So You Think You Know Teaching

            I needed a job. Right out of college my father informed me that I had six months to get one or get married. With no marriage prospects on the horizon, I signed up to substitute teach at Old Rochester. It would keep Dad off my back, and with the military draft looming, my plan was to wait it out, then pursue my artistic career.

            I am still indebted to the many teachers who feigned sickness enough times that I was able to work 140 days before Uncle Sam called. Much to my surprise, Sam did not want me. Something about my eyesight. But that’s another story for another time. Suffice it to say, my “real” career beckoned. If the art thing didn’t work out, I could always fall back on teaching. Ya, right. Little did I know that years later, I would choose to become a teacher.

            Education has taken heat lately in the culture wars and teachers are feeling the burn, so I feel obliged to offer up a few thoughts on my second profession.

            Everyone went to school. Right? So, it follows that everyone thinks they can teach. After a successful 30-year career in the “real” world, I taught some 21 years at all levels except elementary school. (Those kids ask too many questions.) I have been away from the hallowed halls of academia for a while, but I know this: Kids are smart, and the job is tough! If you think you know teaching, you don’t.

            If you haven’t memorized Bloom’s Taxonomy or paid $80 bucks for a paperback copy of “Skillful Teacher” (required reading for professional advancement) or studied the State Frameworks, you don’t know teaching.

            If you haven’t endured a two-hour meeting with an irate parent who thought their son should have gotten an A grade instead of a C, you don’t know teaching. (The son later apologized for his parent’s behavior.) Or mourned the death of four of your brightest and most talented students in car accidents, you don’t know teaching. If you hear on the radio that grief counselors will be available, and you’re told you are the counselor though you’re not trained in psychotherapy, you don’t know teaching.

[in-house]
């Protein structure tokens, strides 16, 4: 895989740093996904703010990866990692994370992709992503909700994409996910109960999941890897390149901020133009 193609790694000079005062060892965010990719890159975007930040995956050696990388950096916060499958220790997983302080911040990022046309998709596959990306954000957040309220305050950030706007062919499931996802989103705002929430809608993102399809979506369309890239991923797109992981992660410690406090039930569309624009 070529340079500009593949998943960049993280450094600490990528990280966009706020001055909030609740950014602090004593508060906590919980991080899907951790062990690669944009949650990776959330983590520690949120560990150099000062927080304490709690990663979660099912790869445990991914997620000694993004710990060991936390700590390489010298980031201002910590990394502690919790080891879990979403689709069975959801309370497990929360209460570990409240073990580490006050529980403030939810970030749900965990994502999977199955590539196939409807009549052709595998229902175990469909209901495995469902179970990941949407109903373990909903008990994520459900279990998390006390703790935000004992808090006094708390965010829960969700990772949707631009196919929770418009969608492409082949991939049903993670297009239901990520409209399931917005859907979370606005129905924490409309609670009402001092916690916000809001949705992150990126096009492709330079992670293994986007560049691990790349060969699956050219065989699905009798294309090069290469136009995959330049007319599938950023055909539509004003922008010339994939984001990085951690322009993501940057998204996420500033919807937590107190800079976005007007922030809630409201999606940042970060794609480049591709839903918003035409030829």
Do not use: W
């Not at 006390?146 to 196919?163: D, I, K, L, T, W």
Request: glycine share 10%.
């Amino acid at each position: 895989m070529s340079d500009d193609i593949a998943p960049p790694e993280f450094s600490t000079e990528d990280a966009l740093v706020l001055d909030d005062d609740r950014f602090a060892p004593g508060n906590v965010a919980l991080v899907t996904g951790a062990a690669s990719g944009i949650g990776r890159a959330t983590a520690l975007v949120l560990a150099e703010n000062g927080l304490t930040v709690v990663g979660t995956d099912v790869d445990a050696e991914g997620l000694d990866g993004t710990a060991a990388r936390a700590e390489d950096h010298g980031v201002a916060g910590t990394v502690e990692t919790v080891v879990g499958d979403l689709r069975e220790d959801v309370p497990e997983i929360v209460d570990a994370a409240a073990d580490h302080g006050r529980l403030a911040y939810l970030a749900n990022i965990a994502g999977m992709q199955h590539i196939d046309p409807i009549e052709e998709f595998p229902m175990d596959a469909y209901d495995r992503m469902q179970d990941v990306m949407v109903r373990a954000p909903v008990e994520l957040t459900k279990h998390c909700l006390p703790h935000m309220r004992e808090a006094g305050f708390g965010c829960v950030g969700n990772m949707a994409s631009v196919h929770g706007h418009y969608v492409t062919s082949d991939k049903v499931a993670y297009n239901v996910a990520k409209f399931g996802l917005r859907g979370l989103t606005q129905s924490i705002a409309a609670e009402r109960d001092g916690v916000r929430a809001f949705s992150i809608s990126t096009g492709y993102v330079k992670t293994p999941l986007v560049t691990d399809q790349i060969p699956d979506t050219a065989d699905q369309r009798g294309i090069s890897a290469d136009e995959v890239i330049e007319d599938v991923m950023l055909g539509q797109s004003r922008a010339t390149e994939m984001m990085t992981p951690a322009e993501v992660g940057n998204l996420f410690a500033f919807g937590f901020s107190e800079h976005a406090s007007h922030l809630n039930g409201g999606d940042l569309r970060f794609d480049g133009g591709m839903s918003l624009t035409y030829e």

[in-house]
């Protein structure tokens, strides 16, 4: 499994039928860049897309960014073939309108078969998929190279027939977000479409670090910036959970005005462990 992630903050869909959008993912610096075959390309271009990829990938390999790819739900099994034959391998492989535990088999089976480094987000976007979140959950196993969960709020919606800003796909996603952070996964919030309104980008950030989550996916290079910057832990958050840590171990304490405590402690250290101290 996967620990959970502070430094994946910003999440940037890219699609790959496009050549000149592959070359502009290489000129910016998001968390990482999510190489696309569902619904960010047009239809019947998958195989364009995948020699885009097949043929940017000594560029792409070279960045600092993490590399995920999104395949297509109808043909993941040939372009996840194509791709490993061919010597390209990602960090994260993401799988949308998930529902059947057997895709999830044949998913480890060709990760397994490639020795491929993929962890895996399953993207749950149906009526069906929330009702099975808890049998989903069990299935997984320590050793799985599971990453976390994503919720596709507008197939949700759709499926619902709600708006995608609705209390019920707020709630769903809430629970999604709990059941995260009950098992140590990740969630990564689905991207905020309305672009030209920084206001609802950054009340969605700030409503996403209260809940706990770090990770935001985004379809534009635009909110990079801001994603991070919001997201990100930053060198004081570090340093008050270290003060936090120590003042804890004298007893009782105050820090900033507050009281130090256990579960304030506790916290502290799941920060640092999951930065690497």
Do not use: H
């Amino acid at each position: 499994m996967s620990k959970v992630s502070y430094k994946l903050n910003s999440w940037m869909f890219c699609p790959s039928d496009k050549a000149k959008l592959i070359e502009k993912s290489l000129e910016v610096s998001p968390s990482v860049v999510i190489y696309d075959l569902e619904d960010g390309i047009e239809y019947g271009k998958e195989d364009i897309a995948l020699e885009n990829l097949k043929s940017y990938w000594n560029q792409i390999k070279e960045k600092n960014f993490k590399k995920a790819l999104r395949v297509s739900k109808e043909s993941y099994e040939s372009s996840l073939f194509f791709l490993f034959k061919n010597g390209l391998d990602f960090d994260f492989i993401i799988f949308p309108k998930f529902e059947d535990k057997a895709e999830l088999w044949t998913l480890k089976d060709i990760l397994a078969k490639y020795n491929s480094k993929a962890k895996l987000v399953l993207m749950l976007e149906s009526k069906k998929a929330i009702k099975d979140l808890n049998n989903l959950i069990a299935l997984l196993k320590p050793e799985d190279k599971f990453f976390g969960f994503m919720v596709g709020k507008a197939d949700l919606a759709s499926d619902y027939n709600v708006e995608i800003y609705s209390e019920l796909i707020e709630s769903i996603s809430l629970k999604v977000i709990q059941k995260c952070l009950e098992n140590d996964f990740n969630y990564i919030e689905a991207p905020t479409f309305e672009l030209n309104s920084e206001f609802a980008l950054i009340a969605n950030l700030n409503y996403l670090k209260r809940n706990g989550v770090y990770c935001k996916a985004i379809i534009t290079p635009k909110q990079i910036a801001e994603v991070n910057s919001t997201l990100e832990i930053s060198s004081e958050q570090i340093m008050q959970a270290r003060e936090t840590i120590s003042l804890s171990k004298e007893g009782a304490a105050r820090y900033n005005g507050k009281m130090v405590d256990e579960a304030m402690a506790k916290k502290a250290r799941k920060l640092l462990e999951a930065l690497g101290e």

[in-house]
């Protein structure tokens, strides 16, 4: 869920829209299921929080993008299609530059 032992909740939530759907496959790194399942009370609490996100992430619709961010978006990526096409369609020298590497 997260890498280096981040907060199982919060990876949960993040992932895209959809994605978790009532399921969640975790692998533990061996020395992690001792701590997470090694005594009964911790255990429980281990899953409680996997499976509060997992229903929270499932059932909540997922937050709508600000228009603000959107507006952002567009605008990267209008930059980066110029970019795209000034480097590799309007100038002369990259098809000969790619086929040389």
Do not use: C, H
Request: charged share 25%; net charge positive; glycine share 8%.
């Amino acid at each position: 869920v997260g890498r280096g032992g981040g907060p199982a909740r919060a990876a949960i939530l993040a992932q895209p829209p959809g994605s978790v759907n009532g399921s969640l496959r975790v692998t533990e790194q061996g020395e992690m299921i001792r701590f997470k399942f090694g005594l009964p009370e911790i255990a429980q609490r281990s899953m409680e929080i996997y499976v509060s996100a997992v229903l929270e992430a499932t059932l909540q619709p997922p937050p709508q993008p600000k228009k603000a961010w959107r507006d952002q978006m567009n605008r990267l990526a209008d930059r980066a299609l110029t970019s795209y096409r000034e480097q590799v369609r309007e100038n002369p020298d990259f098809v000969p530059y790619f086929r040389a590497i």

If you haven’t had your art-supply budget rescinded halfway through the year so the principal’s office could buy copy paper requiring you to teach 100 ways to be creative with newspapers or been told not to display your students’ best work in the hall showcase because it might discourage the less-talented kids, you don’t know teaching.

            If you haven’t experienced the indignity of your superintendent leaving a pencil in your mailbox as a gift on Teacher Appreciation Day; if you work through the anxiety of budget season waiting to see if your job is cut in a RIF (Reduction in Force); if you haven’t sat in a meeting with the principal telling you are doing a great job, then finding a pink slip in your mailbox on the way out of the meeting, you don’t know teaching.

            But it is not all gloom, doom and hard work. Sitting outside the restroom on bathroom duty is a real joy. Walking to your classroom on a Saturday to do some extra work to find it is being used as a dressing room for a body builders’ annual competition and filled with nearly naked men covered in lotion is enlightening.